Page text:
Mary fearing for her love, demanded that he make haste to Elgin Cathedral, and take refuge with his uncle. However, he refused to go unless Mary accompanied him and there the couple could be wed by his uncle. The Earl of Rothes was only too happy to accommodate the young lovers’ wishes. 

However, the Wolf came knocking on the doors of Rothes Castle and demanded that the Earl give him the hand of his daughter in marriage. But the earl promptly cut off the Wolf in mid-sentence and announced that his daughter was already betrothed to young Arndilly. The Wolf’s wrath knew no bounds. As soon as he left the precincts of Rothes castle, he called his servant, the one called the Hawk, and told him that he would not look upon him again until the Hawk’s Skean-dhu ran red with Arndilly’s blood. 

Mary Leslie and Malcolm bound Eternally 

That evening the love-struck couple strolled along the path by the Burn of Rothes and, at length came to a well. There they sat down to rest and enjoy the beauty that surrounded them. Alas, no sooner had they sat down, when the dwarf plunged his dagger into Malcolm’s left shoulder. The Hawk pulled out his knife and raised it for a second attack. However, as the blade descended, Mary threw herself on Malcolm’s prostrate body and received a mortal wound herself. The dwarf stared in fear. He had meant no harm to the maiden. Finally, he ran away, leaving hte lovers to bleed to death in each other’s arms.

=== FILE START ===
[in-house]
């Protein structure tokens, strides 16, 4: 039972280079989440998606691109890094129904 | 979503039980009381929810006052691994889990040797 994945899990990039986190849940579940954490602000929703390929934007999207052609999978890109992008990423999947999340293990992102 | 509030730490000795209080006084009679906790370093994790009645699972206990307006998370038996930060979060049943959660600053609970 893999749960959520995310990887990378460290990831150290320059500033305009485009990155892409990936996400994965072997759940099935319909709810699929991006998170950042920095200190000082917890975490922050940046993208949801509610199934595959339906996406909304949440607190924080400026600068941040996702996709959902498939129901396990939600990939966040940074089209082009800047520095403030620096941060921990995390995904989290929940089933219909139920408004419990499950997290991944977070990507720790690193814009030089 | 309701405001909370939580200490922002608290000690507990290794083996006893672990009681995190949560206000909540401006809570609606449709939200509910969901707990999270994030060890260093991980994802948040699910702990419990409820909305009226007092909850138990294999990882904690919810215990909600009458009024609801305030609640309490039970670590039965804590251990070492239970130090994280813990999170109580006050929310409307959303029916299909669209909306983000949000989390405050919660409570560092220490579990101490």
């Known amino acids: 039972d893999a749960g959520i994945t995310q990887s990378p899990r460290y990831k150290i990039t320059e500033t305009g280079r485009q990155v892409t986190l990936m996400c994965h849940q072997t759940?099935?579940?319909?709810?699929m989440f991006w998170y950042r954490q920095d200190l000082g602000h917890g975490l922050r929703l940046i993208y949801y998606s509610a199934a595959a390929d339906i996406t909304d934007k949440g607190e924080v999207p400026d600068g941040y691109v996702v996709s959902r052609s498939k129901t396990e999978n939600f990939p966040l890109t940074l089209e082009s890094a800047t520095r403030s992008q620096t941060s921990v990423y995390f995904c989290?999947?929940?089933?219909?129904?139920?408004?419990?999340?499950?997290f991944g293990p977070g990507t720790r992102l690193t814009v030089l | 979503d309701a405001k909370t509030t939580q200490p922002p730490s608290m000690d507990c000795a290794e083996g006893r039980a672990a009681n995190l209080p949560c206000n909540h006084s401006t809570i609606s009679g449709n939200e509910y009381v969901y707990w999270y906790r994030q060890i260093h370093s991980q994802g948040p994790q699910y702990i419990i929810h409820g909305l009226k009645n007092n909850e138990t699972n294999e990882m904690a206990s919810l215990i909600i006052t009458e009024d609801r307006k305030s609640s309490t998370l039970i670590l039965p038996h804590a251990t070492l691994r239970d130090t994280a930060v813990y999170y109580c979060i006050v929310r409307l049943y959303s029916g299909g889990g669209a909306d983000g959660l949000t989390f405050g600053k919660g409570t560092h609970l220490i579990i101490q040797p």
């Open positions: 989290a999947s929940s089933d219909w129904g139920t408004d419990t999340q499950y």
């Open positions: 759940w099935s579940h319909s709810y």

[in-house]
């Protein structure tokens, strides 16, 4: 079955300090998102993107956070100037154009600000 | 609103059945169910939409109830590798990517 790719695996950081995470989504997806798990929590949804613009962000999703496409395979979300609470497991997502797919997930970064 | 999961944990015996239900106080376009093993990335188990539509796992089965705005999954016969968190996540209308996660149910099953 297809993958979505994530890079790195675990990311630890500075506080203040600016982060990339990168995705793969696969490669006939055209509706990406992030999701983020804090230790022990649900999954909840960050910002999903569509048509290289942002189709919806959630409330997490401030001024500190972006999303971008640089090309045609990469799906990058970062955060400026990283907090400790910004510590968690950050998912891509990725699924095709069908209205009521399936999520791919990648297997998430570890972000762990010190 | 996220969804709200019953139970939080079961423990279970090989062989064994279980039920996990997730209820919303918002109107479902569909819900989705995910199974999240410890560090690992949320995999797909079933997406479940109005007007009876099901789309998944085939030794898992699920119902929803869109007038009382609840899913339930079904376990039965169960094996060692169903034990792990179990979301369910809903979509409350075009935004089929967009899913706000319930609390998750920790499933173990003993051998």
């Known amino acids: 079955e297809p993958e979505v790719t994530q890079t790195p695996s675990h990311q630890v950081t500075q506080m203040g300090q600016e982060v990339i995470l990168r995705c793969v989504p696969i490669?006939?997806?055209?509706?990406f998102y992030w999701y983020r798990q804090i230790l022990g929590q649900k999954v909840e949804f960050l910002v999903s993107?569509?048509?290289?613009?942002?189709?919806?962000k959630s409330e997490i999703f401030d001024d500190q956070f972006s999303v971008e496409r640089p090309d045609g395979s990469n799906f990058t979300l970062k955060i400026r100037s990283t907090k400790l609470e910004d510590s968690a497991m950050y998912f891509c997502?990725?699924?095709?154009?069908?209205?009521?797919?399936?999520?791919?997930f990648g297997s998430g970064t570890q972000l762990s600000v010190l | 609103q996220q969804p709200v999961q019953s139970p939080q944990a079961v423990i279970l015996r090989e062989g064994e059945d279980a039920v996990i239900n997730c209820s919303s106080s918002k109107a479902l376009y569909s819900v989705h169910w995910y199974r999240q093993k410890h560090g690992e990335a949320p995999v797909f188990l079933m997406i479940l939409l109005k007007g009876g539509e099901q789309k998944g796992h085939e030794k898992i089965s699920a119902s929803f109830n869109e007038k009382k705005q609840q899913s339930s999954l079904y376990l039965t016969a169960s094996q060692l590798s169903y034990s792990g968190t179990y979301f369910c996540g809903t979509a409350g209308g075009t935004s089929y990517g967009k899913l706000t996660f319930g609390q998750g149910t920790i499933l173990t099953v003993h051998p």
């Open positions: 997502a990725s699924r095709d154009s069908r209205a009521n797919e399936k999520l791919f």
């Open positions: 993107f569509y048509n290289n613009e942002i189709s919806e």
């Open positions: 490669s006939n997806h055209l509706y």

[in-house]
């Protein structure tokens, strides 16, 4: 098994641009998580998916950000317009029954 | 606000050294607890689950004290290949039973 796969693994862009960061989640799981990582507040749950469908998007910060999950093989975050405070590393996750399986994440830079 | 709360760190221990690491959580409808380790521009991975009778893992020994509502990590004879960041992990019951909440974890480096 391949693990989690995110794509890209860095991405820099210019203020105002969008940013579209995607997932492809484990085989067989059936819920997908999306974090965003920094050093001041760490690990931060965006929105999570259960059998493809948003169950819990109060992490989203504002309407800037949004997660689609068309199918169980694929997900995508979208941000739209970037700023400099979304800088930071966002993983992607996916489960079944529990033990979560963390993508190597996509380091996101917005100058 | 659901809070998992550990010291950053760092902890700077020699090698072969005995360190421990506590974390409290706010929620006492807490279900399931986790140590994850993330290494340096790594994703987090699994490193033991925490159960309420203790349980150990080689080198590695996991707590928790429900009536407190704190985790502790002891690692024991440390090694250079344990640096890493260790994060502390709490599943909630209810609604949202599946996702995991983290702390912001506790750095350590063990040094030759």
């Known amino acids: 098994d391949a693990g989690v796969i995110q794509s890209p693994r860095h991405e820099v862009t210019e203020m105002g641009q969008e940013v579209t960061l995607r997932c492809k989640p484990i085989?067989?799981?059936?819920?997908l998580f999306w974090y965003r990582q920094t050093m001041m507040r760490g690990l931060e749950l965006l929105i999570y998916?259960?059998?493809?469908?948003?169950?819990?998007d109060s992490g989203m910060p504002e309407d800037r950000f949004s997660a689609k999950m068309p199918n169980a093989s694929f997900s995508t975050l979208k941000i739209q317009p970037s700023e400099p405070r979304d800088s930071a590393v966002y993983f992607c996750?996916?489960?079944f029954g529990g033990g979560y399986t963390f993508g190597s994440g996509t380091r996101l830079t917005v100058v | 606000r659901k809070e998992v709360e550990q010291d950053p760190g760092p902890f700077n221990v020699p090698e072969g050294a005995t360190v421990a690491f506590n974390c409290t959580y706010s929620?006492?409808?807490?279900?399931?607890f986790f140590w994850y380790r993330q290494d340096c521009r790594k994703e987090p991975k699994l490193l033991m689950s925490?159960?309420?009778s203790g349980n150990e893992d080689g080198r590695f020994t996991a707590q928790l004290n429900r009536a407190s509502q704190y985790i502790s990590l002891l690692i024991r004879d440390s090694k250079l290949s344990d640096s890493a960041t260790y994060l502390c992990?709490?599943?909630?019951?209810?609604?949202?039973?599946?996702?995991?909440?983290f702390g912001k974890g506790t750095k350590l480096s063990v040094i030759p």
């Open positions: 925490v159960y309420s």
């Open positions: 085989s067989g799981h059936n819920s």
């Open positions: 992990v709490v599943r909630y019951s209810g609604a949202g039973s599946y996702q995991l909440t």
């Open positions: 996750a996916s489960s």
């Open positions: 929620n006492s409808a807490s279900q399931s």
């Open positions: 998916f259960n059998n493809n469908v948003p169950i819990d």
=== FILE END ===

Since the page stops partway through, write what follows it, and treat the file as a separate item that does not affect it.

In the morning when the lovers were found, a bush had grown up overnight and covered the lovers’ bodies. Then, for many years after, the bush would blossom on the anniversary of the lovers’ death. From then on the well’s name was changed from Toprun Well to Lady’s Well. It is said that Mary Leslie’s Ghost haunts the well to this day. 

Today the well is used as the water source for the Glenrothes Distillery, home to another ghost by the name of Byeway.